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Node.js compatibility in Deno


Since a long time, Deno’s standard library had a module called node that mimicked some Node.js’s core modules (like http, fs, etc.) in Deno. The purpose of compatibility is to provide an ability to run Node.js programs in Deno. The primary advantage is running a Node.js app as is, i.e. without rewriting it. Only a subset of the Node core APIs were supported, while a good number of them were still in To-Do. This ES module stayed in standard library for a long time, with occasional enhancements here and there.

Since v1.15, Deno is getting more serious about Node.js compatibility. Recently, there have been numerous enhancements to the standard library’s node module. A lot of work has been put in to reach feature parity with Node.js.

The biggest enhancement is to bring in the std’s node module in the core runtime through a flag ( — compat). This way, there is no need to include/import anything. All the Node core modules are loaded at startup. In other words, all the Node’s core modules are available as a standard import, rather than importing from the standard library.

In this introductory article, we’ll evaluate Deno’s current level of Node.js compatibility through some simple examples.


There is a new flag called — compat that can be used to load the Node modules into Deno’s core runtime. This happens at startup. The loading of core modules happens from the same standard library’s node module.

For Deno v1.16.2, the core modules are loaded from

It is expected that the std version would get updated for every Deno release.

Here is the list of core modules that are loaded in the compatibility mode:

assert, assert/strict, async_hooks, buffer, child_process, cluster, console, constants, crypto, dgram, dns, domain, events, fs, fs/promises, http, https, module, net, os, path, path/posix, path/win32, perf_hooks, process, querystring, readline, stream, stream/promises, stream/web, string_decoder, sys, timers, timers/promises, tls, tty, url, util, util/types, v8, vm, zlib

The compatibility mode is currently under unstable umbrella, therefore needs — unstable flag to load Node’s core modules.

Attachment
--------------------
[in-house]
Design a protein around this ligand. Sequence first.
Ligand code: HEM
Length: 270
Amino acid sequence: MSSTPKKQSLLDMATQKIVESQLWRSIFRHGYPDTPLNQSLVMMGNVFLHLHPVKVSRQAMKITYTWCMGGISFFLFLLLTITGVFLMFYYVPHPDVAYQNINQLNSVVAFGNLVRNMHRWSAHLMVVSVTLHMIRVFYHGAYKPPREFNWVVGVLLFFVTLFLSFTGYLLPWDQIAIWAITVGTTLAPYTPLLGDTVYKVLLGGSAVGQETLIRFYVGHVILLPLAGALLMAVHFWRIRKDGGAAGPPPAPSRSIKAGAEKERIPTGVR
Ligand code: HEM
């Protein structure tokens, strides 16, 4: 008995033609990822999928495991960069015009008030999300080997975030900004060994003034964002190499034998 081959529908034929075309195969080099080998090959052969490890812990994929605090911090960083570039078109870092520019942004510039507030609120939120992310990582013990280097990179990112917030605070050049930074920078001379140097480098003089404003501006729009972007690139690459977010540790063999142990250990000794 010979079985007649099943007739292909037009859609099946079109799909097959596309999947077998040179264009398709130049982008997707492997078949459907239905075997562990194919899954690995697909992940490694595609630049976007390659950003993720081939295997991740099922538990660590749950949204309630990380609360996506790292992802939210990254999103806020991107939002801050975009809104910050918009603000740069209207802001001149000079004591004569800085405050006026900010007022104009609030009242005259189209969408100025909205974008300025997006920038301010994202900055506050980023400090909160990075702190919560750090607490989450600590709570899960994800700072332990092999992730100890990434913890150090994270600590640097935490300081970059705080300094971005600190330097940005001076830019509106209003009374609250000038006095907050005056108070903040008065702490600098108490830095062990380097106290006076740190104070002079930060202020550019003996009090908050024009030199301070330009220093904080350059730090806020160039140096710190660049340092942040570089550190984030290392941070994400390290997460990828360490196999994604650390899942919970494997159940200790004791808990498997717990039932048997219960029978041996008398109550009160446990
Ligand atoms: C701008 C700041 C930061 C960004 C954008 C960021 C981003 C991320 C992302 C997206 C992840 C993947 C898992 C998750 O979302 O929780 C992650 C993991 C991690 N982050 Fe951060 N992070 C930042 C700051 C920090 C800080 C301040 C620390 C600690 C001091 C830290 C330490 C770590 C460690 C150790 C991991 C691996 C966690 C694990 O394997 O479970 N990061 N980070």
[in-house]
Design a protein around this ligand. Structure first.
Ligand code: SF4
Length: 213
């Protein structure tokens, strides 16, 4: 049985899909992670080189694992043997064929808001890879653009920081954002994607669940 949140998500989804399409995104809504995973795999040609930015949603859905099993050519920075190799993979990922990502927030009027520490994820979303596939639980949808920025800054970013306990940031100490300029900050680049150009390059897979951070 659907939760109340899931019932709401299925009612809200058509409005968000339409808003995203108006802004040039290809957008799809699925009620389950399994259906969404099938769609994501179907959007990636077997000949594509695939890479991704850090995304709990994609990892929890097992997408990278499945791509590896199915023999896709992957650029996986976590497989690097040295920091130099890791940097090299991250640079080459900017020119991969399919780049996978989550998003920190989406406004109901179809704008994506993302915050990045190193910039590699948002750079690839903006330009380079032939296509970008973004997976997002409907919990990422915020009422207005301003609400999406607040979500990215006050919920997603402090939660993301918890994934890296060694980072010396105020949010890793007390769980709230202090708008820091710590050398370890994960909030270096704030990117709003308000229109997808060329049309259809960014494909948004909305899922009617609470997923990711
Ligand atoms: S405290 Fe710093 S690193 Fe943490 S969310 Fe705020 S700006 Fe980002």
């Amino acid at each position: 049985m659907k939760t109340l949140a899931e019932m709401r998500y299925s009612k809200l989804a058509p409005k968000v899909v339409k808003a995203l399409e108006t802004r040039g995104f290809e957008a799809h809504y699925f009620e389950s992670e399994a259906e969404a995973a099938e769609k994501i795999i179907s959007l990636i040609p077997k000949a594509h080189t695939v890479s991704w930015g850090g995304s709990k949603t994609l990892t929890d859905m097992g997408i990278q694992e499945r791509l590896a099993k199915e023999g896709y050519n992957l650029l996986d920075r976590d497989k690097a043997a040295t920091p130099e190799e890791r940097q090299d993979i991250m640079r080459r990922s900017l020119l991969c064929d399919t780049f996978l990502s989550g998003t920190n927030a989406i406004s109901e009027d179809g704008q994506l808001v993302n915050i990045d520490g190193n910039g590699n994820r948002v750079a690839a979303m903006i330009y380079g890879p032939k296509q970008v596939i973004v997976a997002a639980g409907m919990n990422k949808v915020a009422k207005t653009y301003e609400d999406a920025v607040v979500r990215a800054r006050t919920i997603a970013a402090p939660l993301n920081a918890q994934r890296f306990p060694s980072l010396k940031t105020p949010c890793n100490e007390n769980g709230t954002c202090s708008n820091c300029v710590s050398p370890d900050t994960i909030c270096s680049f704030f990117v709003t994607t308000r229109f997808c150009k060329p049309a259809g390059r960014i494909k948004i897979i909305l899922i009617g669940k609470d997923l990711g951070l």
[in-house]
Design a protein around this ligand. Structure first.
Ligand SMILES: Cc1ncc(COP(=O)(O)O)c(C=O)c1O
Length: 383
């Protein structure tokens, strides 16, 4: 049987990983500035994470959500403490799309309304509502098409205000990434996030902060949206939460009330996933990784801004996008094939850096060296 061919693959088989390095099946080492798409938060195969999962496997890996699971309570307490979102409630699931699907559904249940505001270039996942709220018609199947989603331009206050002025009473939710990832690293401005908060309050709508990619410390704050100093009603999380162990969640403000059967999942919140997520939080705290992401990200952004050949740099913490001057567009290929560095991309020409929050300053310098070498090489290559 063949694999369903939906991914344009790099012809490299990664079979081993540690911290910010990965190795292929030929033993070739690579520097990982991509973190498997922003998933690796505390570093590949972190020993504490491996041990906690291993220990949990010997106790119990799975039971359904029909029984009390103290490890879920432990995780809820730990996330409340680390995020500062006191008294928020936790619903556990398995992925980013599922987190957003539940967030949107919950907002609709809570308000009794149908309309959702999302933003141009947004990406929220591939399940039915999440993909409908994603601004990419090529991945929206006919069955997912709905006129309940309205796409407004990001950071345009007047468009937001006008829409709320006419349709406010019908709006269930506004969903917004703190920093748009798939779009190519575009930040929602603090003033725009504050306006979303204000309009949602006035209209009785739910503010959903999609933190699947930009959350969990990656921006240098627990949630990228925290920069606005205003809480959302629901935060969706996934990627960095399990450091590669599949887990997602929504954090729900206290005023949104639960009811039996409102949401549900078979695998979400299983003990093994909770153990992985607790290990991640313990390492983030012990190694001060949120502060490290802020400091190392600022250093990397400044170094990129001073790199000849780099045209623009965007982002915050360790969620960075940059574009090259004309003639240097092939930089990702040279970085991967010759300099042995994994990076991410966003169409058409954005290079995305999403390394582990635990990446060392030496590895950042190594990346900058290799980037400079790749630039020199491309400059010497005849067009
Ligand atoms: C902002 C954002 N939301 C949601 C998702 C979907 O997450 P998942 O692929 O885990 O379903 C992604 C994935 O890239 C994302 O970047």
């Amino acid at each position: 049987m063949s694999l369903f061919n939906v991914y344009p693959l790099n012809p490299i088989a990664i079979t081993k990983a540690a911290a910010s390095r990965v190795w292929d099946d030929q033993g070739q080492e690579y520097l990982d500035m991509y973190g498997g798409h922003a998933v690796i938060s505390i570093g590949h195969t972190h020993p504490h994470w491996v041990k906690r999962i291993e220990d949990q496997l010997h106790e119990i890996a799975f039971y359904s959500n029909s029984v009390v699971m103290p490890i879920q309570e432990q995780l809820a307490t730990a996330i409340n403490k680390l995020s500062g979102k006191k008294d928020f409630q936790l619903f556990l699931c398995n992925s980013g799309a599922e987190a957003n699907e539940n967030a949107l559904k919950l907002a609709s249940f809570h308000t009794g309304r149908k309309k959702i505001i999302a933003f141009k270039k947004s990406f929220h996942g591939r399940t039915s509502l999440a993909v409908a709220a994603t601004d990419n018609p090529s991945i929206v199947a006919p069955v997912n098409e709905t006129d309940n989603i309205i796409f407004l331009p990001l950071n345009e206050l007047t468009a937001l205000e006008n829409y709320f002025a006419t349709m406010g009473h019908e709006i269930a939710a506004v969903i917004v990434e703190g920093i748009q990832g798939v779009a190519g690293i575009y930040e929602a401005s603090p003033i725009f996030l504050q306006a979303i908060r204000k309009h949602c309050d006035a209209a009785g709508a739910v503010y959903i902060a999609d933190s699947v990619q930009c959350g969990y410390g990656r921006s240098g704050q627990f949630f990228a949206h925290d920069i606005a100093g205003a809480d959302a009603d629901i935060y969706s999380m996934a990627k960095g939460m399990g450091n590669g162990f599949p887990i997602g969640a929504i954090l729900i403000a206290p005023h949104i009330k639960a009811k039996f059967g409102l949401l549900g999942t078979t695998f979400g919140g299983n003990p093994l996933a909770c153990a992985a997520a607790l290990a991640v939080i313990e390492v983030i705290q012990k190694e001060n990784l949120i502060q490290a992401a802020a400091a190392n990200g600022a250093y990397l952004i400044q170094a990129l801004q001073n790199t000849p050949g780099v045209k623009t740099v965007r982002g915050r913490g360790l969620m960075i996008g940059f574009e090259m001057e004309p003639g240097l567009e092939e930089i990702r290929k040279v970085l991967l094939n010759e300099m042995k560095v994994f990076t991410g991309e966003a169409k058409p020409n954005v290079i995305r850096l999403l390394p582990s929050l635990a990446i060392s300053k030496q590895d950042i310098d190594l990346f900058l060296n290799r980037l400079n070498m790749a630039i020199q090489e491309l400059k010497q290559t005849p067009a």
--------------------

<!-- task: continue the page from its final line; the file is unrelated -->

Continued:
$ deno run --compat --unstable nodeApp.js

The compatibility mode allows CJS (common JS) modules to get loaded through require() API. Unlike standard imports that don’t require a read permission, CJS imports (i.e. require) requires explicit read permission.

$ deno run --compat --unstable --allow-read nodeApp.js

That’s all about the background! Once compat mode is specified, all the core modules get loaded in the background. This helps in running a Node.js program as is.

Let’s go through some simple examples and evaluate how much of Node.js compatibility is there.


Example 1

Check if command line args can be referred through process.argv.

//--$ deno run --compat --unstable --allow-read nodeApp.js
[ "/usr/local/bin/deno", "/Users/mayankc/Work/source/denoExamples/nodeApp.js" ]

Verdict: Compatible

Example 2

Check if environment variables can be accessed with process.env.

const l=process.env.LANG;
SSH_AUTH_SOCK: "/private/tmp/",
OLDPWD: "/Users/mayankc/Work/source",
__CFBundleIdentifier: "",
TERM: "xterm-256color",
LANG: "en_US.UTF-8",
l: en_US.UTF-8

Verdict: compatible

Example 3

Check if files can be written using core fs module with callbacks.

const fs = require('fs');
const data ='Trying FS module in compat mode';

fs.writeFile('/var/tmp/fsCompatTest.txt', data, (err) => {
if (err) throw err;
console.log('File is created successfully.');
//--$ deno run --compat --unstable --allow-read --allow-write nodeApp.js
File is created successfully.
$ cat /var/tmp/fsCompatTest.txt
Trying FS module in compat mode

Verdict: Compatible

Example 4

Check if data can be read from file using core fs module with callbacks.

const fs = require('fs');

fs.readFile('/var/tmp/fsCompatTest.txt', (err, data) => {
if (err) throw err;
console.log('Read from file:', data.toString('utf-8'));
//--$ deno run --compat --unstable --allow-read --allow-write nodeApp.js
Read from file: Trying FS module in compat mode

Verdict: compatible

Example 5

Check if a standard ‘hello world’ kind of HTTP server can be used with Node.js APIs like createServer() and listen().

const http = require('http');
const respData='HTTP server in Node.js compat mode';
http.createServer((req, res) => {
res.writeHead(200, {
'content-type': 'text/plain',
'content-length': `${respData.length}`
}).listen(8080, () => console.log('Listening...'));
//--$ curl http://localhost:8080 -v
< HTTP/1.1 200 OK
< content-length: 34
< content-type: text/plain
HTTP server in Node.js compat mode

Verdict: compatible

Example 5

Check if buffers can be created and converted to different formats.

const {Buffer} = require('buffer');
const buf = Buffer.from('hello world', 'utf8');
const h=buf.toString('hex');
const b=buf.toString('base64');
const u=new Uint8Array(buf);
h: 68656c6c6f20776f726c64
b: aGVsbG8gd29ybGQ=
u: Uint8Array(11) [104, 101, 108, 108, 111, 32, 119, 111, 114, 108, 100]

Verdict: compatible

Overall impression: It works for simple programs!

It’s important to note that the feature parity is still getting built. Modules like https, vm, etc. are not yet available in compatibility mode.

We’ll go through more examples in a subsequent article.

This story is a part of the exclusive medium publication on Deno: Deno World.




The one and only exclusive medium magazine with 200+ articles on Deno

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Mayank Choubey

Mayank Choubey

Deno, Node.js, etc.

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